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  • This is what we used to call a “Sprout”, a story inspired by another story. Reading Chrissy Boylan’s story, “Blaspheme”, reminded me of something that happened when my son J.B. (known as Jonathon then) was about 5 years old. It too had to do with death.

    First, a little bit of background to set the scene. Jonathon, being an only child, had created an imaginary family that included 3 siblings, 2 sisters and a brother. They were from New York City. He wove very extensive stories around things they did together,and they became a regular part of his dialogue for awhile there, and he was a talker. Kathy and I got used to hearing about them, and he always had interesting stories about what they did together. Once, a lady Kathy worked with baby sat for us, and the next day at work she asked Kathy, “Does Pete have a family from a previous marriage – from New York?” He had convinced her that these were real siblings. And, I guess they were, in his imagination. It was pretty cool.

    One Saturday, I was driving up to the Building Supply store, about a half hour up the road, to get some supplies, and Jonathon was along for the ride. A Jimi Hendrix song came on the radio, I think it was “All Along the Watchtower”. About halfway through the song, Jonathon asked, “Dad – who IS that?” I replied that it was Jimi Hendrix, and that he had been the greatest guitarist in the world back in the day. He thought about that for a moment, then asked, “Is he still alive?” I said, “No….he died!” He thought about that for a minute, then changed the subject and started talking about his imaginary siblings.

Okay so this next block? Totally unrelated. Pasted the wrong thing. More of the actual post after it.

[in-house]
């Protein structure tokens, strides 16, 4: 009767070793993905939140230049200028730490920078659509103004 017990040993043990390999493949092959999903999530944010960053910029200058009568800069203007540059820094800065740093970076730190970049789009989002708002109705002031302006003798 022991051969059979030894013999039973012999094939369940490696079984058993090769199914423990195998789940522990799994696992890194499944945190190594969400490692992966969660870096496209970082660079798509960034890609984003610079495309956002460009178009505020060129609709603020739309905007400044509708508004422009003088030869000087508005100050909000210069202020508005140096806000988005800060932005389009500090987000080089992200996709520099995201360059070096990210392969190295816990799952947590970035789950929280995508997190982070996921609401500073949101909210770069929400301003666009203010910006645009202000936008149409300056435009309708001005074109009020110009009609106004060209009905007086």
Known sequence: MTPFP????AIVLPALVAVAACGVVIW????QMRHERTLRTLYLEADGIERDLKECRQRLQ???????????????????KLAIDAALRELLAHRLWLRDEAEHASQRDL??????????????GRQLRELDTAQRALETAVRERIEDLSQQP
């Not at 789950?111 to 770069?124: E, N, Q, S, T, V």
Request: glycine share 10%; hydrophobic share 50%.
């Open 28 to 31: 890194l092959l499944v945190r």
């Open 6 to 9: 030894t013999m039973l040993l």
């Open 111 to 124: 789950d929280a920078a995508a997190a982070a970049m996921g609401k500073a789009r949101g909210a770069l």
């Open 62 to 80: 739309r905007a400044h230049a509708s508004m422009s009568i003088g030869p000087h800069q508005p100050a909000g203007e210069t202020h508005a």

• “There was a birthday party for all of them. It was the best party ever. Everyone was there, and they had the best time. There were games, and cake, and singing, and laughing. They all agreed that it was the best birthday ever.”

    “Well, that sounds like a wonderful time. What happened after that?”

    “Poof! They died!”

    And that was it. As we drove along, I kept checking to see if he was o.k., and he was just bopping along to the music, in his own happy, little world. I didn’t know whether to continue the conversation, if he needed to process their deaths, or if he already had, and that’s what the great party was all about.

    And what role did Jimi Hendrix dieing have in all of this? Was it just coincidence, or did that revelation open the door to an exit strategy for the imaginary siblings that he was ready to grow out of? Who knows?

    I decided to leave it alone, and he never, ever mentioned them again. Just “Poof!” – and they were gone. Just like that.
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